There's a lot to be said about planning ahead. If you know you're going to a carb-loaded potato latke throwdown in the evening, then stick to lean protein and fibrous veggies during the day. Take advantage of the time you're not being social—or at least not at an event that's centered around food—to eat right. Don't worry about counting macros or weighing out your veggies, latter of which you should never be doing anyway. Instead, consume protein ad libitum.

As you may have heard, protein is the macronutrient that provides the most satiety, so fill up. The last thing you want is to head to a dinner absolutely famished. At best, you'll still fill up on protein and veggies; at worst, you'll dive headfirst into the Jello salad and flop onto the floor in a food coma. Don't take your chances with this one.

Don't Sweat Any Single Meal

There's a big difference between one giant fat- and carb-laden meal and a bottomless pit of little goodies ingested over 10 days or two weeks. The former will spike your glycogen levels temporarily, and you might pick up a little water weight, but your otherwise fitness-friendly lifestyle will ensure that the water weight comes right off. On the other hand, a steady diet of scones will put you at a calorie surplus day after day, and that's a recipe for fat gain.

I know I'm not the only culprit here; we've all used the line "I'm just bulking!" at some point or other. Work that willpower muscle and have the discipline to hold off on the snicky-snacks until you sit down to a feast that's really worth it.

Divide Your Plate and Conquer

You have an empty plate in hand and you're standing in front of a tabletop lined with food. Where to begin? It's not surprising that studies have shown that having more food choices can increase the number of calories you consume.

After all, who can resist the urge to try a little of everything? A scoop of collard greens, a generous helping of stuffing, a side of cranberries, mashed potatoes drowned in gravy, a veritable pyramid of biscuits—stop me if you've posted this photo to your feed already!

If you want to write this individual meal off, be my guest. If you're looking for a slightly more strategic way to navigate the buffet, try this: Devote half of your plate to protein sources. Try to go light on the sauce, but don't freak out if there's some already on the food.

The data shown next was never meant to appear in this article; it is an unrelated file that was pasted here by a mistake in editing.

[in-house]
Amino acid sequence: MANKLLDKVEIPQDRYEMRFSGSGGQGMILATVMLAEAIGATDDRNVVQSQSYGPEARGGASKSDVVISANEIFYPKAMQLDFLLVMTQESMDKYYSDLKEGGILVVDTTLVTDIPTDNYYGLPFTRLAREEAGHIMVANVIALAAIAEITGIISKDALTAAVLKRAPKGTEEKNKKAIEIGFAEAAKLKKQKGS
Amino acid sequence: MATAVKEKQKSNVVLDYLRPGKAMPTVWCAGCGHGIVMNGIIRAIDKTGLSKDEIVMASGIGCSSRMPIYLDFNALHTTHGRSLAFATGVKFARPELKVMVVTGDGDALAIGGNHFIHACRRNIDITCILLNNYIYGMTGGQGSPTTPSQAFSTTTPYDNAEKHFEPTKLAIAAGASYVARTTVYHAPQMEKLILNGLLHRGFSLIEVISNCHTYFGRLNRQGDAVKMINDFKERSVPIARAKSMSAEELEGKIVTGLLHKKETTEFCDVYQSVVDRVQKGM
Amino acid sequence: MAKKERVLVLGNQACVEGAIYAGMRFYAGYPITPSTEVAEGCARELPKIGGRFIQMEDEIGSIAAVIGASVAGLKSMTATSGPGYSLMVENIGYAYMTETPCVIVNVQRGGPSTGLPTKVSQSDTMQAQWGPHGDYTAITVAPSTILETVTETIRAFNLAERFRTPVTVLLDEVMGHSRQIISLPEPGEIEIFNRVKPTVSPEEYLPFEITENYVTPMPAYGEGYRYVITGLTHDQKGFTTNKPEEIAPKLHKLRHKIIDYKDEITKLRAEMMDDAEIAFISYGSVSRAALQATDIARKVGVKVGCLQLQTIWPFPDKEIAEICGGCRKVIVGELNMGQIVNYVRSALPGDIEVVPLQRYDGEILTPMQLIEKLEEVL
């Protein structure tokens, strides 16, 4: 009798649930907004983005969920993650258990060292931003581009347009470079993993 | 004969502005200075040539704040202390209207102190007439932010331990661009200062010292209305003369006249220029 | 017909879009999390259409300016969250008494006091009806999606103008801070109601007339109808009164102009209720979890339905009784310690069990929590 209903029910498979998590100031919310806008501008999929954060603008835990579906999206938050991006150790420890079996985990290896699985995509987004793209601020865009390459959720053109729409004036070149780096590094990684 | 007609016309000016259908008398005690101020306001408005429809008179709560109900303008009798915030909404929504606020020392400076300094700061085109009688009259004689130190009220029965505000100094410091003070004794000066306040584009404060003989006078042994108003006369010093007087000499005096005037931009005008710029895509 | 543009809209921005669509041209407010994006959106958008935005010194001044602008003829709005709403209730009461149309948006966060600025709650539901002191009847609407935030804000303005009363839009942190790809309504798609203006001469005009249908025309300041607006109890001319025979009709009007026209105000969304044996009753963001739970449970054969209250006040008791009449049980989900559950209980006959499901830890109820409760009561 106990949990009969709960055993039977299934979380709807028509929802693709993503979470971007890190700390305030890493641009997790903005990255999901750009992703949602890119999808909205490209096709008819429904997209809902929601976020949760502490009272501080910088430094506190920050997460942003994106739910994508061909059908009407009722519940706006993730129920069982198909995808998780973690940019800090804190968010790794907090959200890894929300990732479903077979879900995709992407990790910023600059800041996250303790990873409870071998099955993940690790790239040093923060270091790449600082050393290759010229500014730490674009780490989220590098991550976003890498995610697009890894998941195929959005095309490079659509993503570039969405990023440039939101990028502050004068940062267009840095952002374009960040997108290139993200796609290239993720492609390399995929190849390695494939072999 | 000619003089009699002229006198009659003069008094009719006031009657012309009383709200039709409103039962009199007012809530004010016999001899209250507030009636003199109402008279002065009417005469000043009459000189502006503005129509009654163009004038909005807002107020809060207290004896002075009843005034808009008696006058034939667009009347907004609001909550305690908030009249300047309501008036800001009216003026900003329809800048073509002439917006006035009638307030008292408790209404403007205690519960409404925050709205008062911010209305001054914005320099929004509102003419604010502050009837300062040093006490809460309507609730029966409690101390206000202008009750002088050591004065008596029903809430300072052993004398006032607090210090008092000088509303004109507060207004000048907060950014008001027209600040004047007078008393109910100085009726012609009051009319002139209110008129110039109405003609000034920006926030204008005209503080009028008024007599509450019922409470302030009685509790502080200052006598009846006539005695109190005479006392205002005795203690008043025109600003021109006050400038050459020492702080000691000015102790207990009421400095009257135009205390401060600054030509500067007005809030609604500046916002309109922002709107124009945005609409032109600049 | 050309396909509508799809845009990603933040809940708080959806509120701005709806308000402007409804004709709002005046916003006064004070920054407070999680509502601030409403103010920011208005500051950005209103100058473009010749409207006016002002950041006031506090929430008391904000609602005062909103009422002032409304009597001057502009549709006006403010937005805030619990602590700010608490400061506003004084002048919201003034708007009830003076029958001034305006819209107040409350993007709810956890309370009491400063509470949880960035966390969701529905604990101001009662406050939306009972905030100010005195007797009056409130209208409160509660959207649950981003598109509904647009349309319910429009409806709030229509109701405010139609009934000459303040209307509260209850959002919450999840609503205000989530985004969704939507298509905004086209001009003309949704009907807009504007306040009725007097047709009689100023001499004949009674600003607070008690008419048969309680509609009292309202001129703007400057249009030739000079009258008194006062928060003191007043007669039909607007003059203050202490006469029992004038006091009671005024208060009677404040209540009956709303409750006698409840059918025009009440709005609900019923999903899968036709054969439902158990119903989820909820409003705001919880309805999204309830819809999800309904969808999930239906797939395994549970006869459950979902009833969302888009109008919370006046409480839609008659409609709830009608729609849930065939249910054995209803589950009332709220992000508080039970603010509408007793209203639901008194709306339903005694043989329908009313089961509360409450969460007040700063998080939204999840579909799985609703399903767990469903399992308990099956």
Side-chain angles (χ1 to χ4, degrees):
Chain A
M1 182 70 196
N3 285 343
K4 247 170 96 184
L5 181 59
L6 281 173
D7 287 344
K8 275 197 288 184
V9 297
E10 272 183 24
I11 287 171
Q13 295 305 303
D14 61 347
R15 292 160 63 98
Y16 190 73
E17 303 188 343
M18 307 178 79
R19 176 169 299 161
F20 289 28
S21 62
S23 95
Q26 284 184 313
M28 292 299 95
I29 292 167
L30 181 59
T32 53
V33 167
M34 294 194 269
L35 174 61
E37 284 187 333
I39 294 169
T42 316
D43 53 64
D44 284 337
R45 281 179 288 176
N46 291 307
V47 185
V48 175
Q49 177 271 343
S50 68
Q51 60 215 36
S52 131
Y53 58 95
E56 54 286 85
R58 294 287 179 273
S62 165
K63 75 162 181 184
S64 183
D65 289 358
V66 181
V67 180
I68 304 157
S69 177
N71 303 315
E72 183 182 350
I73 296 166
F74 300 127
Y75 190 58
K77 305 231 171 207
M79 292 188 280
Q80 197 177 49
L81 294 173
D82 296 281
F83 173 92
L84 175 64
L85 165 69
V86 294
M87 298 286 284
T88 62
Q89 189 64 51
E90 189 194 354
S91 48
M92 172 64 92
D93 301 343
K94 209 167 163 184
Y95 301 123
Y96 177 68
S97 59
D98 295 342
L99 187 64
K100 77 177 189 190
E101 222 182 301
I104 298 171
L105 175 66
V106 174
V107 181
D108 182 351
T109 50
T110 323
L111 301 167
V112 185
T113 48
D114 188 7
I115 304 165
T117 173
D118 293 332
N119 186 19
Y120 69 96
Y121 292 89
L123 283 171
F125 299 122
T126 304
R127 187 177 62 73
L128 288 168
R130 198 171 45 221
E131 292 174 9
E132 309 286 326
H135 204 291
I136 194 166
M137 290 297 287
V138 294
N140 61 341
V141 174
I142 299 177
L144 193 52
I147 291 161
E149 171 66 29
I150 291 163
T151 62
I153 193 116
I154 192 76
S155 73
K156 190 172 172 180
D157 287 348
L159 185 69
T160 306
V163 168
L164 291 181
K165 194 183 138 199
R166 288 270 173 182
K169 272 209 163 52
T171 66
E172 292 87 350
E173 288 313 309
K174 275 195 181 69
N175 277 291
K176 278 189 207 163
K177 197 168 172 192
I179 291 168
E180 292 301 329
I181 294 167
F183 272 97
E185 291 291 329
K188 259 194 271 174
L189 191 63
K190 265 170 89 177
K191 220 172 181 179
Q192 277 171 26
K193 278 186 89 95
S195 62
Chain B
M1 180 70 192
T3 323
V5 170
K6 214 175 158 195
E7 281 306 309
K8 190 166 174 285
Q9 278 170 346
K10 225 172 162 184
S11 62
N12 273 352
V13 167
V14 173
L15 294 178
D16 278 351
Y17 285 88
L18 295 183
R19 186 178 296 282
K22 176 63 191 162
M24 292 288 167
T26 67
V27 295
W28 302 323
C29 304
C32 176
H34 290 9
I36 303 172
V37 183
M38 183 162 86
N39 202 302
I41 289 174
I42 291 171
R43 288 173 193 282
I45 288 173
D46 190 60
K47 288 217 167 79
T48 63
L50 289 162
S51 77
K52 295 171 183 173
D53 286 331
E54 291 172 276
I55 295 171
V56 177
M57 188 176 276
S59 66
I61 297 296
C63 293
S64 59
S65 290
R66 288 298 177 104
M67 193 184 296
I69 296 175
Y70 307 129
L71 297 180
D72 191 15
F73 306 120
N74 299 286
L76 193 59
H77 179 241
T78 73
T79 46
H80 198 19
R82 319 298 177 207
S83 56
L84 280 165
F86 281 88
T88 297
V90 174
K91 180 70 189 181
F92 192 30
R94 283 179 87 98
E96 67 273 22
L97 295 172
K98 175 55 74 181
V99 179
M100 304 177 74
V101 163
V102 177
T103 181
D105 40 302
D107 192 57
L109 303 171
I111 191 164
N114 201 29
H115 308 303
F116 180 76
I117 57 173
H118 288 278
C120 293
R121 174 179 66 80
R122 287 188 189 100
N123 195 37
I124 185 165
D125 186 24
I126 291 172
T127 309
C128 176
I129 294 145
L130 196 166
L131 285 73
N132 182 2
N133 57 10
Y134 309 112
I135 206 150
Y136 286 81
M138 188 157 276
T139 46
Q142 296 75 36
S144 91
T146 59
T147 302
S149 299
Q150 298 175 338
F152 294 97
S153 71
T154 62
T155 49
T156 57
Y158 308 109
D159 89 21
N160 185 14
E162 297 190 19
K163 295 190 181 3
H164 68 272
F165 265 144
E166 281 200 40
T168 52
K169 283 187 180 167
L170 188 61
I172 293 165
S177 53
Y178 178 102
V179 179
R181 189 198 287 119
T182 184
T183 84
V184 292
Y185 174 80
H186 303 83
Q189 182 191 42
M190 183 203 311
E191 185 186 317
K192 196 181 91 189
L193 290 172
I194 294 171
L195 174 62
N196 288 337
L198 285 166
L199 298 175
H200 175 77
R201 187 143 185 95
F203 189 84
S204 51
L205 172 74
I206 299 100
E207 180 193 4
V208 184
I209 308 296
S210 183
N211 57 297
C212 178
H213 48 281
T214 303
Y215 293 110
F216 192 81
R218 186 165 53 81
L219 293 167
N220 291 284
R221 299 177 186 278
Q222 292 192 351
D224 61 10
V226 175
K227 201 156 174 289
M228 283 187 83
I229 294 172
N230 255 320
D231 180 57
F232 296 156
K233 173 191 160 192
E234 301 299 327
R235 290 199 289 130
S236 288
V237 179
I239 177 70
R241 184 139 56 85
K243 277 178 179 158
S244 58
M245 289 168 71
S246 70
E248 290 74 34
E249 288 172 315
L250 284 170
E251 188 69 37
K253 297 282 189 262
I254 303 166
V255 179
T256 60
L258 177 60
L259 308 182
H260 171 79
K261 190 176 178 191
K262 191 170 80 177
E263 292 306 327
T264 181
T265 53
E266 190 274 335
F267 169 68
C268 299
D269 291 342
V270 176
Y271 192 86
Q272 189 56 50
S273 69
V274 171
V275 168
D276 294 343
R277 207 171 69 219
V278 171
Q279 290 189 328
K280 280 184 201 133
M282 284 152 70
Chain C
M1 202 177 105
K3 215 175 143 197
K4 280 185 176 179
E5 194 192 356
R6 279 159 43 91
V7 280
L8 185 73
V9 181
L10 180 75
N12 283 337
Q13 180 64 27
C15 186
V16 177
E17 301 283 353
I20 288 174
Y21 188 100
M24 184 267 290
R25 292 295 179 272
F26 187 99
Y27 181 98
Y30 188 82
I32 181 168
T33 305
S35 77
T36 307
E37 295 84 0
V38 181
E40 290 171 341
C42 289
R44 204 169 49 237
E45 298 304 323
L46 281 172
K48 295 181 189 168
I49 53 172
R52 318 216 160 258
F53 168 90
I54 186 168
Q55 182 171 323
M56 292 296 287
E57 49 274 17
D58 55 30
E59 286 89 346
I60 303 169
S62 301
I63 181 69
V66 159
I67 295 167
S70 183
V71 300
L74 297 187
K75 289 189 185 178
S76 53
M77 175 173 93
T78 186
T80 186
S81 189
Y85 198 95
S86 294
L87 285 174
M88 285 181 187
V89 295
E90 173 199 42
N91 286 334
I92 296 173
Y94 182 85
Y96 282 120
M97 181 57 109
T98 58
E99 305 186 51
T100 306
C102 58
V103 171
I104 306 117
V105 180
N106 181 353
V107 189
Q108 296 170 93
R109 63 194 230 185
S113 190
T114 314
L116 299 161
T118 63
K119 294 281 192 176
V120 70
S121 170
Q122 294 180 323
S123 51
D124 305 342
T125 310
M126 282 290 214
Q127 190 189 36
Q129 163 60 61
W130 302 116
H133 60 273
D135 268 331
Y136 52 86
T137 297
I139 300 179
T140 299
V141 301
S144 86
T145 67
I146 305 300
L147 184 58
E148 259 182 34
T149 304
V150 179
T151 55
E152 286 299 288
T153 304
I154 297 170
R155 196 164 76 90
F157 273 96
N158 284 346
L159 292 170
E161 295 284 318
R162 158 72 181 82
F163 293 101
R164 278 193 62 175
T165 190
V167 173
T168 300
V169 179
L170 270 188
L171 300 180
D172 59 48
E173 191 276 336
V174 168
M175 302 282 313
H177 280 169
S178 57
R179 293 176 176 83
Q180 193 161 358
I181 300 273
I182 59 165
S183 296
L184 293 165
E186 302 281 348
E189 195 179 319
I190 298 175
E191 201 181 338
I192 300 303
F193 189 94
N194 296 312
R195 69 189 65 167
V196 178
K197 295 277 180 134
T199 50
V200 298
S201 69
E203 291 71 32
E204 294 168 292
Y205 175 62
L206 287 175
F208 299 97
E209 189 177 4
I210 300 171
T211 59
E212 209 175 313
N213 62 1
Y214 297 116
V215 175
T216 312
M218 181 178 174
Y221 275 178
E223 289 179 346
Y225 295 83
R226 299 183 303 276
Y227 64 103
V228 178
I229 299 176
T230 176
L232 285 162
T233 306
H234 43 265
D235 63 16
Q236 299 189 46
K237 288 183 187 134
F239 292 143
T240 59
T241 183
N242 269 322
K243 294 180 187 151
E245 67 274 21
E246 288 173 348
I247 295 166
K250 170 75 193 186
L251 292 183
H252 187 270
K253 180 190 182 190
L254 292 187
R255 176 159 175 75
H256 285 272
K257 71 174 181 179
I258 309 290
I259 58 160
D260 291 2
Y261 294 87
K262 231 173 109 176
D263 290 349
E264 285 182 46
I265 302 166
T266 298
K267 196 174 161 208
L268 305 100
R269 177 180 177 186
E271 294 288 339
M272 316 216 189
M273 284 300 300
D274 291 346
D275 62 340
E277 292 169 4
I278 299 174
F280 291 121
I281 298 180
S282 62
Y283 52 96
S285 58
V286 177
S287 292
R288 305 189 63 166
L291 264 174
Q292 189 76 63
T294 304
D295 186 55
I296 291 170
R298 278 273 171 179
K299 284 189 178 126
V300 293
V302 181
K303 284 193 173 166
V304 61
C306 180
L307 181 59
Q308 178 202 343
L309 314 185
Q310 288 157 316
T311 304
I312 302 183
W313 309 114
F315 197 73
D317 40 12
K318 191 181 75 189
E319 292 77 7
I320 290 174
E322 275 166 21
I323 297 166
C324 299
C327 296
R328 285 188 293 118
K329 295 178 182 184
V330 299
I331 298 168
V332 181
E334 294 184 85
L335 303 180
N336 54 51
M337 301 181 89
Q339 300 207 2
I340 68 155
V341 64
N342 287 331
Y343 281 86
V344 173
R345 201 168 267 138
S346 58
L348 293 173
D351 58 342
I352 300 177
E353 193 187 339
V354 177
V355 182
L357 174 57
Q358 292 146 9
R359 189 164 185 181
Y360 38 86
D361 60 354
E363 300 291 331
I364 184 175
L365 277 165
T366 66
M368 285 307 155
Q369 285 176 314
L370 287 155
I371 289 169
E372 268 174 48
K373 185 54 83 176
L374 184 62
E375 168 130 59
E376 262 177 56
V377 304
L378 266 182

Next, pile some fresh veggies on the other half—and no, ambrosia salad with mini-marshmallows doesn't count as a vegetable. Leave about a quarter plate's worth of space for the fun stuff. Want seconds? Start the process over.

What's that you say? There really isn't a single fresh veggie on the table? Well, it's no crime to bring a salad. Your grandmother may give you a weird look at first, but she'll get over it.

Lose the Guilt

OK, so you had a slice of pecan pie. And by "a slice," I mean three slices with a liberal serving of ice cream. Omg, I'm so fat, I'm a pig, I have no discipline.

This kind of internal trash-talk needs to stop now. So what if you overindulged? It's the holidays. How often do you have an opportunity to gather your entire extended family together under one roof? Don't forget that the purpose of the holidays is far more than just to devour sweets. And if yours is the type of family where that really is the purpose, well, make sure you enjoy every bite.

Remember, it's just food. You're the one in control, and as soon as you realize that—and stop seeing holiday goodies as the enemy—you'll be able to come out the other end satisfied and relatively unscathed.